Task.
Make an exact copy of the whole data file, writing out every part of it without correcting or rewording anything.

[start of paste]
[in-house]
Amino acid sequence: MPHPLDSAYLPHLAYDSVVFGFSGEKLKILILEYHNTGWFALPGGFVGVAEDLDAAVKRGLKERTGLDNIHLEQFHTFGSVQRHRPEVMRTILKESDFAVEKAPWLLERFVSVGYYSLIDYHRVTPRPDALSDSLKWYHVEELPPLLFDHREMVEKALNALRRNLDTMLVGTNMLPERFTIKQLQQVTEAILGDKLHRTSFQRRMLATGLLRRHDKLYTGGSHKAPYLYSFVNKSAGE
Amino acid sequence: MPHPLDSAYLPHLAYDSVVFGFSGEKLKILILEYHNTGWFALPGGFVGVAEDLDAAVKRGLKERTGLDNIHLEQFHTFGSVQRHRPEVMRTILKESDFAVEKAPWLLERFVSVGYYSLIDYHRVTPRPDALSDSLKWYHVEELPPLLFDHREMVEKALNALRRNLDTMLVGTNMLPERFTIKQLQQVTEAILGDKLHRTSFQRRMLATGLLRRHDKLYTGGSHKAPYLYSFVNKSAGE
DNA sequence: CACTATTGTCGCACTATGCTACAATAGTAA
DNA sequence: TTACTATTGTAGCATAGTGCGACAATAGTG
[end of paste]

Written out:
[in-house]
Amino acid sequence: MPHPLDSAYLPHLAYDSVVFGFSGEKLKILILEYHNTGWFALPGGFVGVAEDLDAAVKRGLKERTGLDNIHLEQFHTFGSVQRHRPEVMRTILKESDFAVEKAPWLLERFVSVGYYSLIDYHRVTPRPDALSDSLKWYHVEELPPLLFDHREMVEKALNALRRNLDTMLVGTNMLPERFTIKQLQQVTEAILGDKLHRTSFQRRMLATGLLRRHDKLYTGGSHKAPYLYSFVNKSAGE
Amino acid sequence: MPHPLDSAYLPHLAYDSVVFGFSGEKLKILILEYHNTGWFALPGGFVGVAEDLDAAVKRGLKERTGLDNIHLEQFHTFGSVQRHRPEVMRTILKESDFAVEKAPWLLERFVSVGYYSLIDYHRVTPRPDALSDSLKWYHVEELPPLLFDHREMVEKALNALRRNLDTMLVGTNMLPERFTIKQLQQVTEAILGDKLHRTSFQRRMLATGLLRRHDKLYTGGSHKAPYLYSFVNKSAGE
DNA sequence: CACTATTGTCGCACTATGCTACAATAGTAA
DNA sequence: TTACTATTGTAGCATAGTGCGACAATAGTG